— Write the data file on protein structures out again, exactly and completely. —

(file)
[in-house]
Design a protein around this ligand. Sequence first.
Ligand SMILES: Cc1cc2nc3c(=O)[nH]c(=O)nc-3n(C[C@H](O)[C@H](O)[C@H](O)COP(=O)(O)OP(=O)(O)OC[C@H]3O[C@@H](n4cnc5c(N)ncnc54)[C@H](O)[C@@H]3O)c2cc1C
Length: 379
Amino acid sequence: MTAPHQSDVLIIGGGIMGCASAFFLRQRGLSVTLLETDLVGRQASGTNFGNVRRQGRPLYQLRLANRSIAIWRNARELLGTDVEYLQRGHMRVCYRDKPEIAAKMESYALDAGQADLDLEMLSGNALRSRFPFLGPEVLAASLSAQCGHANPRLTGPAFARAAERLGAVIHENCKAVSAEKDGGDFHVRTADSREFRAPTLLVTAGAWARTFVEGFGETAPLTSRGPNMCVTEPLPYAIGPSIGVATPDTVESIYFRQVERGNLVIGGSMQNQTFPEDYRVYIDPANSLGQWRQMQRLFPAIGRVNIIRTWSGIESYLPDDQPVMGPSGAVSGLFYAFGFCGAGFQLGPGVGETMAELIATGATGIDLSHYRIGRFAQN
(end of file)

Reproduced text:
[in-house]
Design a protein around this ligand. Sequence first.
Ligand SMILES: Cc1cc2nc3c(=O)[nH]c(=O)nc-3n(C[C@H](O)[C@H](O)[C@H](O)COP(=O)(O)OP(=O)(O)OC[C@H]3O[C@@H](n4cnc5c(N)ncnc54)[C@H](O)[C@@H]3O)c2cc1C
Length: 379
Amino acid sequence: MTAPHQSDVLIIGGGIMGCASAFFLRQRGLSVTLLETDLVGRQASGTNFGNVRRQGRPLYQLRLANRSIAIWRNARELLGTDVEYLQRGHMRVCYRDKPEIAAKMESYALDAGQADLDLEMLSGNALRSRFPFLGPEVLAASLSAQCGHANPRLTGPAFARAAERLGAVIHENCKAVSAEKDGGDFHVRTADSREFRAPTLLVTAGAWARTFVEGFGETAPLTSRGPNMCVTEPLPYAIGPSIGVATPDTVESIYFRQVERGNLVIGGSMQNQTFPEDYRVYIDPANSLGQWRQMQRLFPAIGRVNIIRTWSGIESYLPDDQPVMGPSGAVSGLFYAFGFCGAGFQLGPGVGETMAELIATGATGIDLSHYRIGRFAQN